ASAM & Cigna to Collaborate on Performance Measures in Addiction Treatment

cigna asamBy: Karina Gonzalez

ASAM and announced a collaborative effort with  Brandeis University to test and validate three ASAM performance measures for addictions treatment. ASAM hopes that this project will provide measure testing of performance measures that will be accepted and adopted in the treatment of patients with addiction.

Three measures will be tested using two years of de-identified Cigna claims data  for  substance abuse.  The measures to be  tested in the study will be: use of pharmacotherapy for individuals with alcohol use disorders; pharmacotherapy for individuals with opioid use disorders and follow-up after withdrawal.  This is expected to be a six month project. Continue reading

Addiction Treatment Attack by Payers Grows

money viseBy: Jeff Cohen

Addiction treatment providers continue to react to an assault by payers to run them “out of town.”  The first round of attacks (in the Fall of 2014) focused on the practice of copay and deductible write offs.  The phrase cooked up by lawyers for Cigna, “fee forgiveness,” wound its way into the courts system in Texas in a case (Cigna v. Humble Surgical Hospital, Civ. Action No. 4:13-CV-3291, U.S. Dist. Ct., S.D. Tex., Houston Division) against a surgery center, where Cigna argued that the practice of a physician owned hospital in waiving “patient responsibility” relieved the insurer from paying ANYTHING for services needed by patients and provided to them.  Though the case did not involve addiction treatment providers, it gave addiction treatment lawyers a look into what was going to come.  The same argument made in the Texas case was the initial attack by Cigna in a broad attack of the addiction treatment industry, especially in Florida.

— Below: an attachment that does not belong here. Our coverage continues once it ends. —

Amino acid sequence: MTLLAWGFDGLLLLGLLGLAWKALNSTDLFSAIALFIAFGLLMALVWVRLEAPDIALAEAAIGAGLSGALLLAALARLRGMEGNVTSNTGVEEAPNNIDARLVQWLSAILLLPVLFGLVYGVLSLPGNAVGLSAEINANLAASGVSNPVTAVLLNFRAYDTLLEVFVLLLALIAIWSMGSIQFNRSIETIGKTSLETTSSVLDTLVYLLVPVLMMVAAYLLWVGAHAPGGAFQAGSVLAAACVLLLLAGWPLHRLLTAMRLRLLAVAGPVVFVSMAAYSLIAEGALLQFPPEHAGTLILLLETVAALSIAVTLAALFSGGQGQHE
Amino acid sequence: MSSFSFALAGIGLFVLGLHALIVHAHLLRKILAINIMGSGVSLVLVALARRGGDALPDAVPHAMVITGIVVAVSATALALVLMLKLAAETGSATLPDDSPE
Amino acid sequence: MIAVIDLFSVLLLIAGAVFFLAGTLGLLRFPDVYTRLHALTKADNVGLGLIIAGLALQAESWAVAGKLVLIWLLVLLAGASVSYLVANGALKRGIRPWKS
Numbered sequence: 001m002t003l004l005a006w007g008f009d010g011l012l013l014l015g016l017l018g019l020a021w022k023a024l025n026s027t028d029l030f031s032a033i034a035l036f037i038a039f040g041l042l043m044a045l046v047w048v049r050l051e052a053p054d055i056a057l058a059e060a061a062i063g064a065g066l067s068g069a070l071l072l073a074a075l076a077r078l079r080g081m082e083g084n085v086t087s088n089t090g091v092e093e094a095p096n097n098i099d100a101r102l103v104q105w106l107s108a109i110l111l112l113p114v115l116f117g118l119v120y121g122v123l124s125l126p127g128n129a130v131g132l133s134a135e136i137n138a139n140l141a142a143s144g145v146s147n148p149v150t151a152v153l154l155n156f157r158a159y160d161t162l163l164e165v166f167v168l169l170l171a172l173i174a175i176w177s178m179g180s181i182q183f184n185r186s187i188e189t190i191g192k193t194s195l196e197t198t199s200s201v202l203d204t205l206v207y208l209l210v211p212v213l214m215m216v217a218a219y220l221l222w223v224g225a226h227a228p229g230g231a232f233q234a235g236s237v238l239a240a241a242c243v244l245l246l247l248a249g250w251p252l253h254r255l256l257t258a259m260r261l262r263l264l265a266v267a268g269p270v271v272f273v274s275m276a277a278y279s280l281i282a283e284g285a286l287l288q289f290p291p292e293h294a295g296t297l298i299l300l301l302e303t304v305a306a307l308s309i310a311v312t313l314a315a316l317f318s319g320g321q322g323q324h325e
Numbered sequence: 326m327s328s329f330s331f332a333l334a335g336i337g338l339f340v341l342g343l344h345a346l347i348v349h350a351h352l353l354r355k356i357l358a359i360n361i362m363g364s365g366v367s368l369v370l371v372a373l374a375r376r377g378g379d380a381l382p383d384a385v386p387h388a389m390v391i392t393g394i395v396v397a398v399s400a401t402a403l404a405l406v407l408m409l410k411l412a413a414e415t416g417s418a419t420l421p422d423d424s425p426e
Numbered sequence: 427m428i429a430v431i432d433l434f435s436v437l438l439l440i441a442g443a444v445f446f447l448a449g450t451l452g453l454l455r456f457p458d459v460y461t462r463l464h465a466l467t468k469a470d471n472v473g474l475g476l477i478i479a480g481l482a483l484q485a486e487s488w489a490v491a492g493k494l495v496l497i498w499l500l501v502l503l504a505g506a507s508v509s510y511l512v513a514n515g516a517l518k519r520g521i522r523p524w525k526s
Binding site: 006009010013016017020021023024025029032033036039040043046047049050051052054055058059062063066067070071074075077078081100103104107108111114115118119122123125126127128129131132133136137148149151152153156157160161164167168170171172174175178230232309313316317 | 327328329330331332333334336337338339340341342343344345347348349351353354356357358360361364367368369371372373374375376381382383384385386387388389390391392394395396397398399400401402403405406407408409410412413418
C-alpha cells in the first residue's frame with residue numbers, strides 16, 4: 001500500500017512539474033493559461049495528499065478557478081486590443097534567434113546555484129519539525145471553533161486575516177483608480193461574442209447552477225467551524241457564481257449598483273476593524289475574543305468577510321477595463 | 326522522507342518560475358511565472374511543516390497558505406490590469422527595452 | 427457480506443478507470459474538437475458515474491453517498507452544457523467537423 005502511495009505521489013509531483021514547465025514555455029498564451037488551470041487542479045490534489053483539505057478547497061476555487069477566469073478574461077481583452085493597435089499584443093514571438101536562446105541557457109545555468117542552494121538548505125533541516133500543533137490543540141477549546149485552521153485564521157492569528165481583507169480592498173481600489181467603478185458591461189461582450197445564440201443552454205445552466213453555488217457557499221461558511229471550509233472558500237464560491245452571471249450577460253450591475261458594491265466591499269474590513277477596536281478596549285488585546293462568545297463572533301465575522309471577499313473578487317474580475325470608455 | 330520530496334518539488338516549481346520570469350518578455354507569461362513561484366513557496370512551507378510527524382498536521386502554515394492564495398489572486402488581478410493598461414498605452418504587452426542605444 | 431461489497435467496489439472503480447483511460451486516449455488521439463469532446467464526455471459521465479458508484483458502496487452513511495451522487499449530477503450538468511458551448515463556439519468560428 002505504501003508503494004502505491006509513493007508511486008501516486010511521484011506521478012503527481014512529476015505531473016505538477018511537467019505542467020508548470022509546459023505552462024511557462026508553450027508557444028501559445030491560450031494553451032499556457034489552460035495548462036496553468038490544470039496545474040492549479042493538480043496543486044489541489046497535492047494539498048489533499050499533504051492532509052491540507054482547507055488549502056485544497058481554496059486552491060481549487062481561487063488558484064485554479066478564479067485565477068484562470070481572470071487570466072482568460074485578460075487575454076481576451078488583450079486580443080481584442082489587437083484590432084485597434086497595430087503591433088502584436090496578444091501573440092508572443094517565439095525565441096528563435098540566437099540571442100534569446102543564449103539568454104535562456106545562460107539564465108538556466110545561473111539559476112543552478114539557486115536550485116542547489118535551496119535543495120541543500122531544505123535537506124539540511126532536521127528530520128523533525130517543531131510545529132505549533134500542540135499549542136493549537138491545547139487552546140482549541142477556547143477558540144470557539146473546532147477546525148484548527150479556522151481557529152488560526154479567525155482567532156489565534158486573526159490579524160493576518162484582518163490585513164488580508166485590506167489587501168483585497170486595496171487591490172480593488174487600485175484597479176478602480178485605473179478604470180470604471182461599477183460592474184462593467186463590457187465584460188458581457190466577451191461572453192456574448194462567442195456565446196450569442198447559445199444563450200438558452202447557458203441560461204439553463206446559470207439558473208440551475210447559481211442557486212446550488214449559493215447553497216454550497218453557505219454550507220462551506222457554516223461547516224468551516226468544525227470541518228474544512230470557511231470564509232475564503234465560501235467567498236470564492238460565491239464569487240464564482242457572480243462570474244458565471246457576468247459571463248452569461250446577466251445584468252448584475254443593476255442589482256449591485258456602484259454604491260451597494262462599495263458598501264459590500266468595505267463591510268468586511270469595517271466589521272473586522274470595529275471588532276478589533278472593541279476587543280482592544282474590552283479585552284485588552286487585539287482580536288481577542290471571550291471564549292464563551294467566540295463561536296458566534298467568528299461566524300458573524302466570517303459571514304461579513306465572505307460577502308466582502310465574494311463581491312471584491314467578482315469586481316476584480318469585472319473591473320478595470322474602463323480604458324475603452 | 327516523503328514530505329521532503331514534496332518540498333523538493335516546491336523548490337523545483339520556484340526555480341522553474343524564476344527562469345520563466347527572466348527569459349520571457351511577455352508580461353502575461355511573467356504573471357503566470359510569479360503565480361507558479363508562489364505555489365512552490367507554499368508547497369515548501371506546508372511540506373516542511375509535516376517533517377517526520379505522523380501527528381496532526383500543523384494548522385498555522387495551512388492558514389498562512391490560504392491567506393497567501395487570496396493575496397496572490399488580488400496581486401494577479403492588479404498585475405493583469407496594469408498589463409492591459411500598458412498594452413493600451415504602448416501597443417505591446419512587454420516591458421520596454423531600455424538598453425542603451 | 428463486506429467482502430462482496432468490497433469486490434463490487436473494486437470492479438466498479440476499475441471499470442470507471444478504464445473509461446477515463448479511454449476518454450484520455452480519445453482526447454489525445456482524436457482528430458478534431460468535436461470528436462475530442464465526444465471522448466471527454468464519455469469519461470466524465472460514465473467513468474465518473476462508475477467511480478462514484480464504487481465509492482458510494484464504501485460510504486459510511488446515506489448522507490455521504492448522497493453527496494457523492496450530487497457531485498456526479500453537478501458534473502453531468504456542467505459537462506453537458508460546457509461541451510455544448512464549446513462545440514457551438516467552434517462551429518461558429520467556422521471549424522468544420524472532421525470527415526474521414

As addiction treatment providers fielded Cigna’s “fee forgiveness” attack in the context of “audits,” providers held firm to the belief that justice would prevail and that they would soon restore a growing need for cash flow.  “If we just show them that we’re doing the right thing,” providers thought, “surely they will loosen up the purse strings.”  After all, this was a patient population in terrific need of help, with certain [untested] protection by federal law (the Mental Health Parity Act). Continue reading

A Legal Look at The Healthcare Landscape in 2016

By: Jeff Cohen

MACRA 

The Medicare Access and CHIP Reauthorization Act was enacted to replace the flawed sustainable growth rate (SGR).  MACRA contains performance measures for new payment models that will go in place in 2017.  MACRA also established the Merit-Based Incentive Payment System (MIPS).

Physicians have to begin to learn about MACRA to improve performance and to avoid payment penalties.

We also have the Physician Quality Reporting System (PQRS), which penalizes providers for failing to report quality measures data on Part B services.  To avoid a 2018 PQRS payment adjustment, for instance, providers have to report for a 12 month period.

There is also the Value Based Payment Modifier (VM) program that rewards groups for providing high quality, low cost care.  It’s interesting to note that CMS proposes to publically report those providers who receive an upward adjustment.  It’s being waived for Pioneer ACOs.  It’s interesting to note that the measures used for the VM program are different than those used for ACOs; and this is causing a lot of confusion.

Bottom line:  an increased use of benchmark establishment for quality and cost and financial incentive programs to achieve or surpass those benchmarks.

STARK LAW CHANGES

A new compensation arrangement exception is established for timeshare arrangements for the use of office space, equipment, personnel, items, supplies and other services.  This sort of “overhead sharing” arrangement is done, but there hasn’t been a specific Stark provision for it till this year.  It’s expected to be particularly useful in physician/hospital arrangements.

This exception amplifies the existing requirements that such arrangements must (1) be located where the physician or practice sees its patients, and (2) be used for designated health services that are incidental to what the doctor does, meaning E&M services and DHS that are provided at the time of such E&M services. Continue reading